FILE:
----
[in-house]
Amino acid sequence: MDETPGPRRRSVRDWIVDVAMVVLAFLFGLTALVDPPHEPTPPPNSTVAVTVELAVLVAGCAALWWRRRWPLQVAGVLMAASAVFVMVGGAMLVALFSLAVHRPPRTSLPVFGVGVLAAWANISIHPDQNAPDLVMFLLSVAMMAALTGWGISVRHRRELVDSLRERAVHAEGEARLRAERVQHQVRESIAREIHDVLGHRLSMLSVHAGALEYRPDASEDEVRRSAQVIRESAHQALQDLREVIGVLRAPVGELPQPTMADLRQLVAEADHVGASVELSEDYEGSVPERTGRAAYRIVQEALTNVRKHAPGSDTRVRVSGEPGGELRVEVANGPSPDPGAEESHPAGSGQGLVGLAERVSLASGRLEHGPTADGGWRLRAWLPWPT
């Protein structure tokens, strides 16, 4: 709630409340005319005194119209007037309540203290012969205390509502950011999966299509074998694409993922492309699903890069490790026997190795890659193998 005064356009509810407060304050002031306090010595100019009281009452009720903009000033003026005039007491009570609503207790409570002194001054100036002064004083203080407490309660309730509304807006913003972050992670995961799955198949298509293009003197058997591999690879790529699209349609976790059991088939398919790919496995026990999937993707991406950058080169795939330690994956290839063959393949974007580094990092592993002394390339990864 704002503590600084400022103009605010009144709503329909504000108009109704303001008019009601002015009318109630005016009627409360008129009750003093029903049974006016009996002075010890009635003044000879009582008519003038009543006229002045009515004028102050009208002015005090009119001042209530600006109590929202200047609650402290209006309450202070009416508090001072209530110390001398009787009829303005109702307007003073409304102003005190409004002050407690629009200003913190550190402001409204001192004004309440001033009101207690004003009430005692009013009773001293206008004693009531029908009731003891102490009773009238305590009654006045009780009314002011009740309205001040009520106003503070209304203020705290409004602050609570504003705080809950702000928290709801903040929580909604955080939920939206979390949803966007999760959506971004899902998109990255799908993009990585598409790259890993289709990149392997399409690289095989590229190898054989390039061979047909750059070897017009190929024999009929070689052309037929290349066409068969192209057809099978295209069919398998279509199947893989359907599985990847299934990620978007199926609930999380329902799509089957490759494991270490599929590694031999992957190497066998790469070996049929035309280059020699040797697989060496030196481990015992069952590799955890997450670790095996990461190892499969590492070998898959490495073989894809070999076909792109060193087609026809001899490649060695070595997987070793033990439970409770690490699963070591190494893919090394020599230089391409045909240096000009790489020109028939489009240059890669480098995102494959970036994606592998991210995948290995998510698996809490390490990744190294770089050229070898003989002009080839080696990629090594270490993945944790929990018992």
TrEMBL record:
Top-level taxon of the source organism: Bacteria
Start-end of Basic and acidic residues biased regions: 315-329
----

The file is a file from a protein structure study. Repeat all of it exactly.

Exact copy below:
[in-house]
Amino acid sequence: MDETPGPRRRSVRDWIVDVAMVVLAFLFGLTALVDPPHEPTPPPNSTVAVTVELAVLVAGCAALWWRRRWPLQVAGVLMAASAVFVMVGGAMLVALFSLAVHRPPRTSLPVFGVGVLAAWANISIHPDQNAPDLVMFLLSVAMMAALTGWGISVRHRRELVDSLRERAVHAEGEARLRAERVQHQVRESIAREIHDVLGHRLSMLSVHAGALEYRPDASEDEVRRSAQVIRESAHQALQDLREVIGVLRAPVGELPQPTMADLRQLVAEADHVGASVELSEDYEGSVPERTGRAAYRIVQEALTNVRKHAPGSDTRVRVSGEPGGELRVEVANGPSPDPGAEESHPAGSGQGLVGLAERVSLASGRLEHGPTADGGWRLRAWLPWPT
């Protein structure tokens, strides 16, 4: 709630409340005319005194119209007037309540203290012969205390509502950011999966299509074998694409993922492309699903890069490790026997190795890659193998 005064356009509810407060304050002031306090010595100019009281009452009720903009000033003026005039007491009570609503207790409570002194001054100036002064004083203080407490309660309730509304807006913003972050992670995961799955198949298509293009003197058997591999690879790529699209349609976790059991088939398919790919496995026990999937993707991406950058080169795939330690994956290839063959393949974007580094990092592993002394390339990864 704002503590600084400022103009605010009144709503329909504000108009109704303001008019009601002015009318109630005016009627409360008129009750003093029903049974006016009996002075010890009635003044000879009582008519003038009543006229002045009515004028102050009208002015005090009119001042209530600006109590929202200047609650402290209006309450202070009416508090001072209530110390001398009787009829303005109702307007003073409304102003005190409004002050407690629009200003913190550190402001409204001192004004309440001033009101207690004003009430005692009013009773001293206008004693009531029908009731003891102490009773009238305590009654006045009780009314002011009740309205001040009520106003503070209304203020705290409004602050609570504003705080809950702000928290709801903040929580909604955080939920939206979390949803966007999760959506971004899902998109990255799908993009990585598409790259890993289709990149392997399409690289095989590229190898054989390039061979047909750059070897017009190929024999009929070689052309037929290349066409068969192209057809099978295209069919398998279509199947893989359907599985990847299934990620978007199926609930999380329902799509089957490759494991270490599929590694031999992957190497066998790469070996049929035309280059020699040797697989060496030196481990015992069952590799955890997450670790095996990461190892499969590492070998898959490495073989894809070999076909792109060193087609026809001899490649060695070595997987070793033990439970409770690490699963070591190494893919090394020599230089391409045909240096000009790489020109028939489009240059890669480098995102494959970036994606592998991210995948290995998510698996809490390490990744190294770089050229070898003989002009080839080696990629090594270490993945944790929990018992």
TrEMBL record:
Top-level taxon of the source organism: Bacteria
Start-end of Basic and acidic residues biased regions: 315-329